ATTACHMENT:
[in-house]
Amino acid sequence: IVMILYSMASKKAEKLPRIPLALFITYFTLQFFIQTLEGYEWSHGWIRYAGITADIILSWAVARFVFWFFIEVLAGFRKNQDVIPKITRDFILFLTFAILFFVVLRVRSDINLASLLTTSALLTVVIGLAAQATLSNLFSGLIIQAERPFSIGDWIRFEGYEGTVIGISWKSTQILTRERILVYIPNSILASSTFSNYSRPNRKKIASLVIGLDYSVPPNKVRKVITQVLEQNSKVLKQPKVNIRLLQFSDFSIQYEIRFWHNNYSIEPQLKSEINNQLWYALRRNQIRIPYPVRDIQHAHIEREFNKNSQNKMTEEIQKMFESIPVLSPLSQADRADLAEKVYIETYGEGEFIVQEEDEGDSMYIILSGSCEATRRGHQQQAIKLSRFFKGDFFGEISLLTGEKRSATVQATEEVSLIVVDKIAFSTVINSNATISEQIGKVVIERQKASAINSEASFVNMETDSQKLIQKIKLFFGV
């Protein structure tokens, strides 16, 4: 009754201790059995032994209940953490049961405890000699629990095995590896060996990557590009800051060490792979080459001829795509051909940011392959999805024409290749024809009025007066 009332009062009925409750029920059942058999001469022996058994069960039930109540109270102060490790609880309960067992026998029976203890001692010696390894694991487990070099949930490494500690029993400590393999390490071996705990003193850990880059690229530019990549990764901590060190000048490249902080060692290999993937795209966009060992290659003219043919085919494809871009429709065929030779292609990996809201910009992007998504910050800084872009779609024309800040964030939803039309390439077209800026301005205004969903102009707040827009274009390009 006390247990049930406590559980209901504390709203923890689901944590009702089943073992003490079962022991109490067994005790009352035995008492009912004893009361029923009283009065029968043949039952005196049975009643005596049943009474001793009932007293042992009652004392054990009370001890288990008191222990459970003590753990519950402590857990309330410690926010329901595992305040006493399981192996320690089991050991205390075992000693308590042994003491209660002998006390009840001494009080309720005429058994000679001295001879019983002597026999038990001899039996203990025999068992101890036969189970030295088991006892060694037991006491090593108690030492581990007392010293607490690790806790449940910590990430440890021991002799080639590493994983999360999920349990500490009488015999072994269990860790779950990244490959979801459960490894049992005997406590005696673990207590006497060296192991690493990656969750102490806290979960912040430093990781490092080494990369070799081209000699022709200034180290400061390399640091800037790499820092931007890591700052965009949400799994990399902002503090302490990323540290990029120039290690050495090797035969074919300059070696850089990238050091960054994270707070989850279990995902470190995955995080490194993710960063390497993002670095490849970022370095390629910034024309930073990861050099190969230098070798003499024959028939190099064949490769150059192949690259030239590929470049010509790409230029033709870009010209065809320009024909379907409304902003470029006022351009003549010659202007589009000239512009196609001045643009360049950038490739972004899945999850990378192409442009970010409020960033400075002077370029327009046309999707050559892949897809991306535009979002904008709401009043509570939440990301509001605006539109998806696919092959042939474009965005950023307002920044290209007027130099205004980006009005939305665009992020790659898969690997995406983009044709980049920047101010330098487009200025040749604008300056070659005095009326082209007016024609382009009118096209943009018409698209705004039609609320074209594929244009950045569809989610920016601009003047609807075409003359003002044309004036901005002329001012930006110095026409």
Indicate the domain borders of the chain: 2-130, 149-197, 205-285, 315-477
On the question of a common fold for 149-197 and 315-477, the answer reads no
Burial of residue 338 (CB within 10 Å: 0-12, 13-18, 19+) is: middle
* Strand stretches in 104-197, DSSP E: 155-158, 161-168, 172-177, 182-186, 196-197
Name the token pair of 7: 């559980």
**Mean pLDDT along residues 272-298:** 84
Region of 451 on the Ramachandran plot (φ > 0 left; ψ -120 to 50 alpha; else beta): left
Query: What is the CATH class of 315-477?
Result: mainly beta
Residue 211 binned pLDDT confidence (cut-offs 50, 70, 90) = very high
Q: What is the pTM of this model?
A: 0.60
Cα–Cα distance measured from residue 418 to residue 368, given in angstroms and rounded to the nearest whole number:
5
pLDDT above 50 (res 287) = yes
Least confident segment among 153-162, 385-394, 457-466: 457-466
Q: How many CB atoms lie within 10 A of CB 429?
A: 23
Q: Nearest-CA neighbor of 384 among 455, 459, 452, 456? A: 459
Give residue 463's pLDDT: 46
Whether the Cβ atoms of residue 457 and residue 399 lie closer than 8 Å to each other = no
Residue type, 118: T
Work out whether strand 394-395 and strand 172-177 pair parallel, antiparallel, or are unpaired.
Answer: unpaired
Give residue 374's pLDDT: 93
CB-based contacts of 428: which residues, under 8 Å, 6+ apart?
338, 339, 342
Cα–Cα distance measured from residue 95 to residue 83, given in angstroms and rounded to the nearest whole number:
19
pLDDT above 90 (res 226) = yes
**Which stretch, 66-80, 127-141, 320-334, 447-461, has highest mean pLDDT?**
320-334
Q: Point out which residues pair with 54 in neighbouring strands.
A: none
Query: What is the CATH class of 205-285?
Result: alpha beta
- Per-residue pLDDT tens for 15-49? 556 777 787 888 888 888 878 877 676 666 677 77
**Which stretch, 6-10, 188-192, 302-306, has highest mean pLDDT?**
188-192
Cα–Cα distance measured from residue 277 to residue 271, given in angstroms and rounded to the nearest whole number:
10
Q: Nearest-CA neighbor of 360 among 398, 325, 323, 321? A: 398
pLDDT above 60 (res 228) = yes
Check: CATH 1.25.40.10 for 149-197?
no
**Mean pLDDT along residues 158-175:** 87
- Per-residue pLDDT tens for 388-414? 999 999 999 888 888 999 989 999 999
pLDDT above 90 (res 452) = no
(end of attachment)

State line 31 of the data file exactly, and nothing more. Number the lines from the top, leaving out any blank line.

Cα–Cα distance measured from residue 95 to residue 83, given in angstroms and rounded to the nearest whole number: